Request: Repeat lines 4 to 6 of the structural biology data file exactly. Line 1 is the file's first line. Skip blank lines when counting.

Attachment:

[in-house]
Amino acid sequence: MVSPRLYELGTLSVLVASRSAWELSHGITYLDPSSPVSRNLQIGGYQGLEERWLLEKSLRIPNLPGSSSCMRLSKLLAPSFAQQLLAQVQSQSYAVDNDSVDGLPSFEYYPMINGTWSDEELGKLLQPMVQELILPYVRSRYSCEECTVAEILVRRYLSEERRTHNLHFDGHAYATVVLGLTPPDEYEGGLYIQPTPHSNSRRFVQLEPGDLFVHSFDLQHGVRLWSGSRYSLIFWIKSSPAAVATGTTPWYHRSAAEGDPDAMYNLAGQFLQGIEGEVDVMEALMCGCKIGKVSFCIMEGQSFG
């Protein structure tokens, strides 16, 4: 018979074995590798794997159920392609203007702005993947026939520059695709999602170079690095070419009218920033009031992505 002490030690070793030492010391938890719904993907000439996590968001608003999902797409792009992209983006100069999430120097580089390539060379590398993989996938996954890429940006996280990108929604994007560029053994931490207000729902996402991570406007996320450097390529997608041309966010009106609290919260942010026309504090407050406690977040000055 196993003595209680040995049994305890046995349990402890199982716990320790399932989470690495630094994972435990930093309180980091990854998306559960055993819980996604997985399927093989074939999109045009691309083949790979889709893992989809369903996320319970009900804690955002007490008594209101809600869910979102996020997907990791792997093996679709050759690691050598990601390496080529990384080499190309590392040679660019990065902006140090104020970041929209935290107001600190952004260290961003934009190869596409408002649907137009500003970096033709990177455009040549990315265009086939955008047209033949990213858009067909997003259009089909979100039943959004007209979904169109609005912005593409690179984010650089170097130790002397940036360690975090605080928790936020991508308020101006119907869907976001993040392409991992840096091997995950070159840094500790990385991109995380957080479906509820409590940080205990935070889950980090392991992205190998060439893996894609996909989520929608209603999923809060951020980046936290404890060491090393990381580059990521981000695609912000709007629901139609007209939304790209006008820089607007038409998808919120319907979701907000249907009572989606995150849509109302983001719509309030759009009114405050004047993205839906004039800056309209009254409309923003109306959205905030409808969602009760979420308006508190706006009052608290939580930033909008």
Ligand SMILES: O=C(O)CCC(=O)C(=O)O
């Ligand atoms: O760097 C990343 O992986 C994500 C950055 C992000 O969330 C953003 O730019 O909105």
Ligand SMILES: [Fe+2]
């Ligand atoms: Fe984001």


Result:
Ligand SMILES: O=C(O)CCC(=O)C(=O)O
């Ligand atoms: O760097 C990343 O992986 C994500 C950055 C992000 O969330 C953003 O730019 O909105």
Ligand SMILES: [Fe+2]